“Smiling is the most contagious illness,” stated Noa Lefton, 11.
I also asked my classmates what they will remember in five years.
“The lunches we had some days,” said Noa.
“Kingswood!” exclaimed Amy Sherrick. To explain: Kingswood is the residential trip my Year 5 class went on back in November 2017.
“Great friendships,”replied Mia Fraser, 10, enthusiastically.
Then I asked some of the teachers, both present and past for some of their memories.
“ Choreographing dances in the playground for you, it was loads of fun! When you joined the school your parents helped to make us a community,” remembered Mrs Levy who taught us when we were very small in Reception.
“Playing the donkey game with Miss Feiner,” said Miss Coren. “I love your class!” exclaimed Mrs Fraser. “Moments on the Shabbaton watching you guys bonding and looking out for each other,” remembered headteacher Mrs Baron. Mrs Levy who taught us in Years 4 and 5 had lots of memories, but her favourites were: “The excitement I felt setting up the first Year 4 and 5 classrooms – something most teachers will never experience. Going on a fabulous trip to London following in Mary Poppins footsteps, visiting Jewish News, those amazing deep conversations with my lovely class, which made me feel especially close to them all, and completing the Holocaust studies, which was difficult to teach but interesting to learn.”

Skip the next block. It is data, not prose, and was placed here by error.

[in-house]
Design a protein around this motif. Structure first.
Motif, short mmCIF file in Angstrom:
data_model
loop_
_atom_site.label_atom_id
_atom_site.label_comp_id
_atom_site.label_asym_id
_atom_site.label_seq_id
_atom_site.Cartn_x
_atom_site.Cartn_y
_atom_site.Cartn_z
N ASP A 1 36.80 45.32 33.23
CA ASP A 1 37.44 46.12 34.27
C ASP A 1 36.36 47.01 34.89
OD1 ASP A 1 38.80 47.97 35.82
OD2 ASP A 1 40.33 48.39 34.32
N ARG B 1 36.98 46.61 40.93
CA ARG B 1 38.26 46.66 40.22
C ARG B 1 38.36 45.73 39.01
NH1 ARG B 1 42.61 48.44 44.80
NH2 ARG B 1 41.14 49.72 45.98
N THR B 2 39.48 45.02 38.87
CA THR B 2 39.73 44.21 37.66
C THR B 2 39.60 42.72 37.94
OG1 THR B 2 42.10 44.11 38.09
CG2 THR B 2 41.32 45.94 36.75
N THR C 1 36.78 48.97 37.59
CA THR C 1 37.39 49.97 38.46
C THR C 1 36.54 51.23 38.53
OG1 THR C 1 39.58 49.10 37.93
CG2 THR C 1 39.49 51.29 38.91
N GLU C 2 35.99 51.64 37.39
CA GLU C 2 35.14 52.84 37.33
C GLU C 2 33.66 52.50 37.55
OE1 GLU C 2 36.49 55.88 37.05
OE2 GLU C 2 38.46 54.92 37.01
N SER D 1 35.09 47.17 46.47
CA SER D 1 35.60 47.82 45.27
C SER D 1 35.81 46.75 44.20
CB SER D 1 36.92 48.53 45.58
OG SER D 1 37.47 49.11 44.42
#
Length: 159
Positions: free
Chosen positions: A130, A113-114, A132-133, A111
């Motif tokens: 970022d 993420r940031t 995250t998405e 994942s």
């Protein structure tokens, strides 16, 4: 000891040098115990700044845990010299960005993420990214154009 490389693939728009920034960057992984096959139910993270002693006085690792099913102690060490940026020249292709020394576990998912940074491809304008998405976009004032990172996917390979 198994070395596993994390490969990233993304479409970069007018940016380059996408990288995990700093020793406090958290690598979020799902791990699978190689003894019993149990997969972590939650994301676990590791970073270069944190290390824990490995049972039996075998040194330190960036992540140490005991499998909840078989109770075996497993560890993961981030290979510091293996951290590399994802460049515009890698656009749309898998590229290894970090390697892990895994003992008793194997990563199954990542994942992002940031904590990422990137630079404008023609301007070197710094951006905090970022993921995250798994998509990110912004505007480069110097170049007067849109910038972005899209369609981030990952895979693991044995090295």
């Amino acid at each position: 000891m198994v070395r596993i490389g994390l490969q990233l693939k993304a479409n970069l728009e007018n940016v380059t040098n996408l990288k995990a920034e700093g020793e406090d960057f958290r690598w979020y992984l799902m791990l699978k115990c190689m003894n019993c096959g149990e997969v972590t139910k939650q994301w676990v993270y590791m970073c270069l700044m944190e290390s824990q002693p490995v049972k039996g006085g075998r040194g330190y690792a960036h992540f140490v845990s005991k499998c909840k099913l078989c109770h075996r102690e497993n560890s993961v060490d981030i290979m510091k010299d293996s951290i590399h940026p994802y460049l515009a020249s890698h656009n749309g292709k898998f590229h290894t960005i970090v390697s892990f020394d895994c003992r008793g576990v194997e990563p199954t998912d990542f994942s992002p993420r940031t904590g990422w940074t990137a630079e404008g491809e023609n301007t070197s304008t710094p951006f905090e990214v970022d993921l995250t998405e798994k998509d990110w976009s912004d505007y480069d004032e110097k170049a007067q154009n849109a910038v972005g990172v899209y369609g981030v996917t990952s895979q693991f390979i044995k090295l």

Rabbi Herman recounted the Moat Mount trip when the class “made me do all the activities!”
“Watching you all supporting each other at Kingswood,” remembered Mrs Osborne, as Miss Shentob shouted: “Shabbat UK was amazing!”
Now you know what my classmates and I learnt in our years at Etz Chaim and as our time here is coming to an end, the memories will stay forever. We will miss everyone. Goodbye Etz Chaim.
Poems by the class
We had three teachers who were so fun, Miss Coren, Mrs Ovits and Mrs Hutchinson
We started circle meetings when we were in Year three, and one of our outings was to the observatory.
We had a flood so we moved to year six, It took ages for a classroom to be fixed.
In our Chaggigah we went back in time, We had songs to learn and lots of lines.
We made a Time Capsule to future us, when we went to Clore Manor we rode on a bus.
Every we we made a parisha play, everyone had something to say, One of our topics was the Amazon River, we learnt that snakes can slither.
Year 3 was the best time ever, we will always be together
By Mia Fraser and Mya Bitan
This fantastic year started off with a job to remember. We had green bags and we put things in that described us. This way Mrs Levy and our new teacher would get to know and each and everyone of us. Later in the year one of our topics was the History of Fashion. We took up the challenge to recycle old clothes and make them in to new products. It was really fun. Mia said when we look back on that year it was an amazing thing to do. We learnt about the 60s, 70s and 80s fashion and the different styles. We also learnt dances that were popular in those years. I think everybody loved that experience..
By Isabelle Schofield
First Farewell continued:
Jo Sassienie is headteacher at Eden Primary